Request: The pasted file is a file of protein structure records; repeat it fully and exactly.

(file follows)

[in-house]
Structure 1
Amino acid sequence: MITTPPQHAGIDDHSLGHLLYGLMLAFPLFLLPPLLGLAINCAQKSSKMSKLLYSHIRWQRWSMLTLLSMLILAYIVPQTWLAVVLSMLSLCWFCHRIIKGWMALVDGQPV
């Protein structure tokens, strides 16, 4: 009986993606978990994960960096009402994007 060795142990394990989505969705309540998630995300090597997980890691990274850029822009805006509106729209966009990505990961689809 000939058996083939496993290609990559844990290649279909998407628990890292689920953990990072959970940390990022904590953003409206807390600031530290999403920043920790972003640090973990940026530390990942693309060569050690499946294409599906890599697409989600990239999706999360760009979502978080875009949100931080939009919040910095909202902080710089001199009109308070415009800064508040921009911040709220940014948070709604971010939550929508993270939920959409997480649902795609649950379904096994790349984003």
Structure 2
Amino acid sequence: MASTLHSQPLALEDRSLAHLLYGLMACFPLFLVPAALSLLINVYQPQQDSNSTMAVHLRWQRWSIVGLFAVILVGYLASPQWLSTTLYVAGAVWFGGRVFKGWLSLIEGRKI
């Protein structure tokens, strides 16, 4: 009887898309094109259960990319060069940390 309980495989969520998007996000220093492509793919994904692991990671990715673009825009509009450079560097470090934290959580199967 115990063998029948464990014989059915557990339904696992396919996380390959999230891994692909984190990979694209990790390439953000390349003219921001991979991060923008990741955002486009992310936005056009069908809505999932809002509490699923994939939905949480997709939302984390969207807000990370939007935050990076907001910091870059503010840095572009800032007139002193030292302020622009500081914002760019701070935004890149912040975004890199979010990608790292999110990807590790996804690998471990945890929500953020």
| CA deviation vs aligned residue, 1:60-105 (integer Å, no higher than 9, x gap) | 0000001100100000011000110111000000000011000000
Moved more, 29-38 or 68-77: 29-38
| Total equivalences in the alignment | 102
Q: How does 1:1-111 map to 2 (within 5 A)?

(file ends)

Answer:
[in-house]
Structure 1
Amino acid sequence: MITTPPQHAGIDDHSLGHLLYGLMLAFPLFLLPPLLGLAINCAQKSSKMSKLLYSHIRWQRWSMLTLLSMLILAYIVPQTWLAVVLSMLSLCWFCHRIIKGWMALVDGQPV
């Protein structure tokens, strides 16, 4: 009986993606978990994960960096009402994007 060795142990394990989505969705309540998630995300090597997980890691990274850029822009805006509106729209966009990505990961689809 000939058996083939496993290609990559844990290649279909998407628990890292689920953990990072959970940390990022904590953003409206807390600031530290999403920043920790972003640090973990940026530390990942693309060569050690499946294409599906890599697409989600990239999706999360760009979502978080875009949100931080939009919040910095909202902080710089001199009109308070415009800064508040921009911040709220940014948070709604971010939550929508993270939920959409997480649902795609649950379904096994790349984003």
Structure 2
Amino acid sequence: MASTLHSQPLALEDRSLAHLLYGLMACFPLFLVPAALSLLINVYQPQQDSNSTMAVHLRWQRWSIVGLFAVILVGYLASPQWLSTTLYVAGAVWFGGRVFKGWLSLIEGRKI
């Protein structure tokens, strides 16, 4: 009887898309094109259960990319060069940390 309980495989969520998007996000220093492509793919994904692991990671990715673009825009509009450079560097470090934290959580199967 115990063998029948464990014989059915557990339904696992396919996380390959999230891994692909984190990979694209990790390439953000390349003219921001991979991060923008990741955002486009992310936005056009069908809505999932809002509490699923994939939905949480997709939302984390969207807000990370939007935050990076907001910091870059503010840095572009800032007139002193030292302020622009500081914002760019701070935004890149912040975004890199979010990608790292999110990807590790996804690998471990945890929500953020």
| CA deviation vs aligned residue, 1:60-105 (integer Å, no higher than 9, x gap) | 0000001100100000011000110111000000000011000000
Moved more, 29-38 or 68-77: 29-38
| Total equivalences in the alignment | 102
Q: How does 1:1-111 map to 2 (within 5 A)?